Pure Play Sees Value of Direct Mail

Jan 26, 2010 3:12 AM  By

XSportsProtective.com has been an online seller of action sports equipment since president Jim Bartlett founded the company in November 2005. But if the ROI on its two holiday season postcard mailing campaigns are as good as he thinks, Bartlett says he may go multichannel.

Bartlett says he can see spikes in site traffic activity, online orders and phone orders around the time the company dropped the two mailings. But at press time he was waiting for matchback results from consultant J. Schmid and Associates before determining if they were a success.

Both drops went to house file names, and crossed over buyer segments including seasonality and average order size. The names, segmented by recency, went to buyers who made two purchases within the past six months. In all, postcards went out to about one-third of XSportsProtective.com’s 33,000 names.

The first drop was mailed to 5,000 customers just before Thanksgiving, and offered 10% off a purchase of $50 or more with an expiration of Nov. 30. The second postcard went to 10,000 customers on Dec. 10, with a message that orders placed by Dec. 23 would arrive by Christmas.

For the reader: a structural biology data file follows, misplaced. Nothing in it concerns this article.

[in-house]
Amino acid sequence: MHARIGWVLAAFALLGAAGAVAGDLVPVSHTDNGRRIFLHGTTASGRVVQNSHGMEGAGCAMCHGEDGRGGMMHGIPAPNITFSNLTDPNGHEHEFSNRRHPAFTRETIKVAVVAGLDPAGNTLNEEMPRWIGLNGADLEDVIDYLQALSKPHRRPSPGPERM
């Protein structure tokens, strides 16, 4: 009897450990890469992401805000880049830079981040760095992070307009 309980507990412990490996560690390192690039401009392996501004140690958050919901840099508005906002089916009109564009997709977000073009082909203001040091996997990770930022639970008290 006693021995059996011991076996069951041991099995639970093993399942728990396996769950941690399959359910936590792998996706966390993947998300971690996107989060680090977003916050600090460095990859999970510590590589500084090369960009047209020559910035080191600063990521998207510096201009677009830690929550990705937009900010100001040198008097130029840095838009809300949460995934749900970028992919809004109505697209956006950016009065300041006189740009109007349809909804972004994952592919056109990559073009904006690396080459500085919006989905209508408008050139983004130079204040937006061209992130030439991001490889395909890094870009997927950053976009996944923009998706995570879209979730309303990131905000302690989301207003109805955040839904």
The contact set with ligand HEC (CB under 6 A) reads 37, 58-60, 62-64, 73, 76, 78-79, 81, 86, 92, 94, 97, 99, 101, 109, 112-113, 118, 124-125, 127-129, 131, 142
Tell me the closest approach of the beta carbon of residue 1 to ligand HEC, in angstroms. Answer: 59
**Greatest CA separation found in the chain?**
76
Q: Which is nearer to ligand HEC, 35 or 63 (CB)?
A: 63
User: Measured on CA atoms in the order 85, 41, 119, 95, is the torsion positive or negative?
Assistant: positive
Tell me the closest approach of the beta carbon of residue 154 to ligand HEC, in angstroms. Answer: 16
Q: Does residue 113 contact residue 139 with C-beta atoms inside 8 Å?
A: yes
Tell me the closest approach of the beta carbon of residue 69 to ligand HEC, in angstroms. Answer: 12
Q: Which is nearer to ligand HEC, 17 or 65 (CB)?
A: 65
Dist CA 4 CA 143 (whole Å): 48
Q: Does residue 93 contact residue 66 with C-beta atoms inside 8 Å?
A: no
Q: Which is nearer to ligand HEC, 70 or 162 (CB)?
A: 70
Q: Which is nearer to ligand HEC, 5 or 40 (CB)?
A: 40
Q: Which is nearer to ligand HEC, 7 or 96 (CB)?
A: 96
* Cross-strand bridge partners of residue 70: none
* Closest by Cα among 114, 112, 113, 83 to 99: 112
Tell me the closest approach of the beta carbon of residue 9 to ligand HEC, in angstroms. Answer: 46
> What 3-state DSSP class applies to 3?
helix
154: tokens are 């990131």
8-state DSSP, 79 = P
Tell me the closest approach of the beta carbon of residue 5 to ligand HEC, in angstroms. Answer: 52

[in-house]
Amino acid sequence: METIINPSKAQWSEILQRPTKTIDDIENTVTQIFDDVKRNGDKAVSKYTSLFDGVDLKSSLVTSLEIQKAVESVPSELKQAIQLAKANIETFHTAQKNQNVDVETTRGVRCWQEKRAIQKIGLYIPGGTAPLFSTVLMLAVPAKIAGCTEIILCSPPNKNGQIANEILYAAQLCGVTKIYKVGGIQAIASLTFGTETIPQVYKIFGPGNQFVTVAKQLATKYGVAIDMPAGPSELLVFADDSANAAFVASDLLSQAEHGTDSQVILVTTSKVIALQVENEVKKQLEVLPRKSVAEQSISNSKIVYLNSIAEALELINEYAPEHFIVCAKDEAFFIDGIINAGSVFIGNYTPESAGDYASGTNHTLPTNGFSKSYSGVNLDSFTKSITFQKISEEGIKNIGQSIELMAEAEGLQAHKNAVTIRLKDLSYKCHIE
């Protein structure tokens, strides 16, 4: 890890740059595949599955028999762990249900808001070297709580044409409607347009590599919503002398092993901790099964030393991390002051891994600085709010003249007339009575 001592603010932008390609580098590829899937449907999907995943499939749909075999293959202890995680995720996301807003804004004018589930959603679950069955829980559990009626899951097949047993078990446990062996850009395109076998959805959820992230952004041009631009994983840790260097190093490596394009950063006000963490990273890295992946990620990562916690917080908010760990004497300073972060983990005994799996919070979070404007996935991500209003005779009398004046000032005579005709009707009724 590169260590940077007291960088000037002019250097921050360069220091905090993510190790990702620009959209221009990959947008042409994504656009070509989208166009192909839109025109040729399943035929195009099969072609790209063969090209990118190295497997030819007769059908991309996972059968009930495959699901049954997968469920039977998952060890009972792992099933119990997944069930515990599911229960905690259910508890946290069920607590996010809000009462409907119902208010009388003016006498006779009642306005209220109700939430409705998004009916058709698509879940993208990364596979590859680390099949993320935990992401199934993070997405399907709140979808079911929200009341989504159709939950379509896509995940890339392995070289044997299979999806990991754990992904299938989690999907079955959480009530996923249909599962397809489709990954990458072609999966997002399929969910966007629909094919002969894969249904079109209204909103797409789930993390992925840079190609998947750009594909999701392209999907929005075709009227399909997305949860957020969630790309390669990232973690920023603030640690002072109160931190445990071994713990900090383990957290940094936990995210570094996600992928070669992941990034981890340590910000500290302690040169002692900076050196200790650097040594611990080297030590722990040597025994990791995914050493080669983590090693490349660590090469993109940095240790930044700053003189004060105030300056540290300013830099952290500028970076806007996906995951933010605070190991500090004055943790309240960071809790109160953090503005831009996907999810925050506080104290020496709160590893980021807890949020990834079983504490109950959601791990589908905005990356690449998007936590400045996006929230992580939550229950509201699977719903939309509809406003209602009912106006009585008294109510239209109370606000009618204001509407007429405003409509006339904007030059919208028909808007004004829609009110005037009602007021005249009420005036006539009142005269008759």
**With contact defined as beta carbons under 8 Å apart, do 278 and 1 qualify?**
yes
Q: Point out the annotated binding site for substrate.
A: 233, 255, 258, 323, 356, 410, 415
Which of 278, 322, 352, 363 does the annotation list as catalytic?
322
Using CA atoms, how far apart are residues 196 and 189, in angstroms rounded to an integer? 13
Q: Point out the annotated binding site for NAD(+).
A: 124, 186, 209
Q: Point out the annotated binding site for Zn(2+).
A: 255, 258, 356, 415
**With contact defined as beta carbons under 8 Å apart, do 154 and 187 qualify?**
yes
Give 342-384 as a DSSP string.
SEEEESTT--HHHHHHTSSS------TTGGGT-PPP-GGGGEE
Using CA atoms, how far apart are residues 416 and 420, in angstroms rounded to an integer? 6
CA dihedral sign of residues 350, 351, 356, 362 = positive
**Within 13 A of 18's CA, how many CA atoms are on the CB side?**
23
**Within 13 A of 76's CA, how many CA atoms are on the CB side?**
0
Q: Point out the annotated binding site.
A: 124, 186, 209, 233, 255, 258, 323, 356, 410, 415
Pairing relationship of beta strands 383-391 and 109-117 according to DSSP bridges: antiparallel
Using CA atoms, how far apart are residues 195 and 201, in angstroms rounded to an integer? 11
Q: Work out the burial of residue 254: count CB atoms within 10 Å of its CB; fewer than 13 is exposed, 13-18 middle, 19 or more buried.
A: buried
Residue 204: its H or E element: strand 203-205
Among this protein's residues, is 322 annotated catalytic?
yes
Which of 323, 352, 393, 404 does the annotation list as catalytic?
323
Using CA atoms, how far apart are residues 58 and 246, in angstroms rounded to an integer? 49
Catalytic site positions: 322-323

“I can see from our analytics that the traffic to our site grew right after the postcards dropped, and that was our goal,” Bartlett says. “Our early indication is that the ROI was positive.”

If that is the verdict, Bartlett says the next step could be a test of slim-jim catalog or a pamphlet-size mailer, something that would show the diversity of action sports the company offers protective equipment for.

“My approach has been to just send e-mails to my house file, and we’ve done that forever,” Bartlett said. “Mailing postcards is more expensive, but if we achieved a positive ROI, maybe we can do a test mailing of a more robust catalog.”

XSportsProtective.com experimented in-house during holiday 2008 with two postcard drops of 2,000 each, and Bartlett said it was “not for a compelling offer.” But based on response and orders, Bartlett says he sought out J. Schmid to develop a fine-tuned sequel.